Wall Street Journal:

AMES, Iowa— Hillary Clinton on Sunday offered a preview of her plans to combat climate change, pledging to set high goals and build a clean-energy economy.

At an organizing event in Iowa, Mrs. Clinton swiped at Republicans who question the threat posed by climate change and said she was serious about addressing the issue.

“Those people on the other side, they will answer any question about climate change by saying I’m not a scientist,” she said. “I’m not a scientist either—I’m just a grandmother with two eyes and a brain…I know that if we start addressing it, we’re going to actually be creating jobs and new businesses.”

The Clinton campaign is expected to release more details about her climate policy Sunday evening, and she will deliver a speech about her plan Monday morning in Des Moines.

Mrs. Clinton has previously characterized climate change as an urgent threat and has voiced support for President Barack Obama’s executive actions to limit carbon pollution.

She has stayed silent, though, on the question of whether the Keystone XL pipeline should be built, declining to weigh in on what has been a contentious yearslong debate. Mrs. Clinton oversaw the Obama administration’s review of the project during her tenure as secretary of state.

She made no mention of Keystone on Sunday but called for an emphasis on generating more wind and solar energy. Mrs. Clinton called for a rebalancing of tax incentives, which she said are too heavily weighted toward fossil fuels.

“Our politics are imprisoned by the past,” she said.

Democratic presidential candidates Martin O’Malley and Bernie Sanders have been unequivocal in their opposition to Keystone and have made climate policy a central component of their campaigns.

Still waiting for details which are supposed to appear any time now on the Clinton website.


Hansen’s hypothesis on sea levels rising as much as 10 feet within 50 years: “Not only would it be 10 feet, but it would imply that in the next decades after that it would be even more. Because where this water is coming from is the west Antarctic ice sheet, and then there’s another part of the east Antarctic ice sheet which also has several meters of sea level rise in its ice. So what that would mean is coastal cities would become dysfunctional. Parts of the city would still be above water, but it wouldn’t make sense to try to rebuild them partially because they know the water is going to keep rising. So we can’t let it go unstable. We would lose all the coastal cities in the world, and that’s enormous a cost, which would affect everybody, whether they’re living on the coast or not.”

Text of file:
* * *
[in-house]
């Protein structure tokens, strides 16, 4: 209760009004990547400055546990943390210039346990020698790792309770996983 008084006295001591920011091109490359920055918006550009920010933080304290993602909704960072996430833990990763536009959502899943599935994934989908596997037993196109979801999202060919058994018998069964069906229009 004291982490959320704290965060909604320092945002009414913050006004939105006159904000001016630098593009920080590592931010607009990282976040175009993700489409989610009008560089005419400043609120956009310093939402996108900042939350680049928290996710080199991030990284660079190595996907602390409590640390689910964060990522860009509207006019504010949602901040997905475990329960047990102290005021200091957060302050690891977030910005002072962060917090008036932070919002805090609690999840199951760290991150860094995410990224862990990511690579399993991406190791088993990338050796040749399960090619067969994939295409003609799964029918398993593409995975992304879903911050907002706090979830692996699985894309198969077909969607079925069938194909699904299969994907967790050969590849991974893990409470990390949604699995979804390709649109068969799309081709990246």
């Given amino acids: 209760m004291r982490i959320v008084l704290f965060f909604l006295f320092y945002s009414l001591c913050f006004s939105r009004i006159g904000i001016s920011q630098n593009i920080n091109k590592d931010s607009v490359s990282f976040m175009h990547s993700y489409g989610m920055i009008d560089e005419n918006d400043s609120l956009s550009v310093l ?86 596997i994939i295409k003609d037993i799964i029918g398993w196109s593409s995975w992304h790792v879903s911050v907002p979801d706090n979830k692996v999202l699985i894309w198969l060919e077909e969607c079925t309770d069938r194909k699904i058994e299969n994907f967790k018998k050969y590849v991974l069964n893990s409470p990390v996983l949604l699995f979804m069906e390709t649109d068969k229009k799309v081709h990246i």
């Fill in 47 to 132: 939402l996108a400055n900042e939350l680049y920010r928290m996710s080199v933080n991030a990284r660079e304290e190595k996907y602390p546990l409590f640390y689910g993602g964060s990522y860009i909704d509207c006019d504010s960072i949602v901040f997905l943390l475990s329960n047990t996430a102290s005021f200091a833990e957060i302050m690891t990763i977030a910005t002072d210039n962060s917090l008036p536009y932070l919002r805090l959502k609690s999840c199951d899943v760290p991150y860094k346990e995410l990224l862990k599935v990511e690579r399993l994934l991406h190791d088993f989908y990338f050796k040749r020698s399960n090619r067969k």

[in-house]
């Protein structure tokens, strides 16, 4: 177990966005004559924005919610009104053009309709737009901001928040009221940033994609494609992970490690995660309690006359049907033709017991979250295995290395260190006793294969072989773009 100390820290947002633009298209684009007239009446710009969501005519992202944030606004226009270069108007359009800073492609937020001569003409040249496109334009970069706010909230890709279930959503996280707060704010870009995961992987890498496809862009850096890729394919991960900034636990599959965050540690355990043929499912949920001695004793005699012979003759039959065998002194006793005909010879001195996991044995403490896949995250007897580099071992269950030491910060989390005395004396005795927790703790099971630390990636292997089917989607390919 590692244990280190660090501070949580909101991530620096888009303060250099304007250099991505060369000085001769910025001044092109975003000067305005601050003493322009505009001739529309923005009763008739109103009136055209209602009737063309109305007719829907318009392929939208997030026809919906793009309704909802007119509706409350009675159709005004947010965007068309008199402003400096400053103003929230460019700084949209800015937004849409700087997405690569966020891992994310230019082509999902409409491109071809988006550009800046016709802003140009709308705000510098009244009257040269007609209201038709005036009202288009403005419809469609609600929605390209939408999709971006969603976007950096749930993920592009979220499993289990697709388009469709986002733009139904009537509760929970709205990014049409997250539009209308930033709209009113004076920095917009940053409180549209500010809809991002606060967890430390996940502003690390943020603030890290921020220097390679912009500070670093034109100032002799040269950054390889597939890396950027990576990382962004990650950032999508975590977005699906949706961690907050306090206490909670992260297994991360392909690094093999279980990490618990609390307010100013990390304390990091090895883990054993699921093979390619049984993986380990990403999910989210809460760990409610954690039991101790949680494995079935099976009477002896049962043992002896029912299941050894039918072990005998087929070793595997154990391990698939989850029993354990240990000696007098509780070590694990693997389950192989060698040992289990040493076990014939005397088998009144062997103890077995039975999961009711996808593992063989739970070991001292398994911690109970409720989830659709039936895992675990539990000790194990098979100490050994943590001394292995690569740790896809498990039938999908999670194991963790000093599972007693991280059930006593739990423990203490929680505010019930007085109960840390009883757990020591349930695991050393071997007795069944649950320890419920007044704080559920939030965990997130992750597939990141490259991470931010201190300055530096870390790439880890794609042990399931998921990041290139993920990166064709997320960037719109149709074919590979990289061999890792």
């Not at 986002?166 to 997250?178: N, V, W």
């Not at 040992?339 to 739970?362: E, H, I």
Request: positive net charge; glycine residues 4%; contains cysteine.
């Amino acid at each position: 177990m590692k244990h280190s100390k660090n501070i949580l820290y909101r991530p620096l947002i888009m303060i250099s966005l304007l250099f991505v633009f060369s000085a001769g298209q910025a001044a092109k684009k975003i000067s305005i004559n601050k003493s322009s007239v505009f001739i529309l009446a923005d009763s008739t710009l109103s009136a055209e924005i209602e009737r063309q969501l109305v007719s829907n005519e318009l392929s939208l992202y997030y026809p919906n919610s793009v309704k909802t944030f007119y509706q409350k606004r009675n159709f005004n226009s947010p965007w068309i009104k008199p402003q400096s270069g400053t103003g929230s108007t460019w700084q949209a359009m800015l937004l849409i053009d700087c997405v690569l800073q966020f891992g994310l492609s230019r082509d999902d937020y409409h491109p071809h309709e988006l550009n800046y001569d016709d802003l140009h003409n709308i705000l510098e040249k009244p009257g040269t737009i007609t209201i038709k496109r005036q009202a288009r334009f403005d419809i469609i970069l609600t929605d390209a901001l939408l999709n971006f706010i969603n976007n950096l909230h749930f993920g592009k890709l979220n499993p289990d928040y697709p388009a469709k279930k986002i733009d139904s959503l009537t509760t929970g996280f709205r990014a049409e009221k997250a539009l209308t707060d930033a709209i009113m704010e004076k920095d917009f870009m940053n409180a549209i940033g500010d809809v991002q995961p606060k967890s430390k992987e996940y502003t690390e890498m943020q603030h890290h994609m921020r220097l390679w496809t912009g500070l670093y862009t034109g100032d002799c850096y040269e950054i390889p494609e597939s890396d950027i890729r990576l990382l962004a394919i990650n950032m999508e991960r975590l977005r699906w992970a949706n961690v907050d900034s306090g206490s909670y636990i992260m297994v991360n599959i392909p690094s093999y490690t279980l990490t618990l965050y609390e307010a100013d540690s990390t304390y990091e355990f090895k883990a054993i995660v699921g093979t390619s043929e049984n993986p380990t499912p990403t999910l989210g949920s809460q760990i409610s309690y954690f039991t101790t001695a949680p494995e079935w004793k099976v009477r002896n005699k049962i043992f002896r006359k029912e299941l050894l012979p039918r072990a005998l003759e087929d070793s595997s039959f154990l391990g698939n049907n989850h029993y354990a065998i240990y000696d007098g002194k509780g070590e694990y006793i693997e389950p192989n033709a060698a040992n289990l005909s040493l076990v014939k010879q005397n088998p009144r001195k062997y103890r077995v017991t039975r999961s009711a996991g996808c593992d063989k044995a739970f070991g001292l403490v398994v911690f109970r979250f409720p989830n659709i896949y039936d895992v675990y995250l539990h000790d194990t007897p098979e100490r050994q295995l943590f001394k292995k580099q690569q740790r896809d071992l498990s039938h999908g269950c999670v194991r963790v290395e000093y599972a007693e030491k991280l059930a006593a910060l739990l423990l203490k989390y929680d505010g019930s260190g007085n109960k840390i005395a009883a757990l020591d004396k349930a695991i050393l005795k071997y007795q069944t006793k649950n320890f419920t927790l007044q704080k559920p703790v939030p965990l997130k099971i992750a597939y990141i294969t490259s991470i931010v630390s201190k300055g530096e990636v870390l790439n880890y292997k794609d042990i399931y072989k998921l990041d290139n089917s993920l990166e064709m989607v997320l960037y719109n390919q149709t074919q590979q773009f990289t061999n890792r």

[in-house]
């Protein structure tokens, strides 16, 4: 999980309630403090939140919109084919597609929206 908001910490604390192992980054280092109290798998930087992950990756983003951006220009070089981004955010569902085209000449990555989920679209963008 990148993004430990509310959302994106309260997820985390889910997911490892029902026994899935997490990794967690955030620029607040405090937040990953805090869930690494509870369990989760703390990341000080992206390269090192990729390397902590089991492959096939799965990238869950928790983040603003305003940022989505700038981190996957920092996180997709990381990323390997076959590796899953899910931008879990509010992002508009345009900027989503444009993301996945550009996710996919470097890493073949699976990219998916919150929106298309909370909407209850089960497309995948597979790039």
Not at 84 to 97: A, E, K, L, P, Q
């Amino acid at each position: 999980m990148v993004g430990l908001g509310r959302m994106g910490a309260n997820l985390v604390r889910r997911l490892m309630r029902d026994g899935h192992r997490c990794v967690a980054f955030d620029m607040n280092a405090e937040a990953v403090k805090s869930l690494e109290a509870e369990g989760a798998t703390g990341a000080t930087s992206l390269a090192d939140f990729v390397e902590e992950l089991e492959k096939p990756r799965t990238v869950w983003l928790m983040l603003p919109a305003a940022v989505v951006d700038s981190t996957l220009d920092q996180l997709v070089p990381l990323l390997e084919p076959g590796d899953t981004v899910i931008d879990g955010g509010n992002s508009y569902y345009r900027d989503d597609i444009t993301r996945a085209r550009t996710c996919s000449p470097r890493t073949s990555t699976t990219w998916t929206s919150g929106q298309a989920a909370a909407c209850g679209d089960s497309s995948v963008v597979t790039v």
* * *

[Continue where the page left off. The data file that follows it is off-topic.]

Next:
Hansen on public skepticism: “Oh, sure. That’s the nature of science. That’s the lifeblood of science. You always are skeptical of any new conclusion. And so that’s not surprising at all. But compare it to the 1980s, when I testified to Congress. There was an overwhelming skepticism and criticism, and then, over a few years, the story changed. Here, there were a lot of people becoming very suspicious that the IPCC was underestimating the sea level problem.”

Hansen’s idea to curb climate change:  “…As long as fossil fuels are the cheapest energy, people are going to keep burning them and going to find them, to dig them up wherever they can find them. …what we need to do is add a gradually rising fee to the fossil fuels, which you would collect from the fossil fuel companies at the source… And that money should be distributed to – all legal residents of the country. That way the person who does better than average in limiting his carbon footprint will make money, and it will be a big incentive for them to pay attention to their carbon footprint. It will be a big incentive for entrepreneurs to develop no carbon and low carbon energy sources and products. And the economic studies that have been done show that this actually stimulates the economy. So it doesn’t cost anything.”

Transcript here.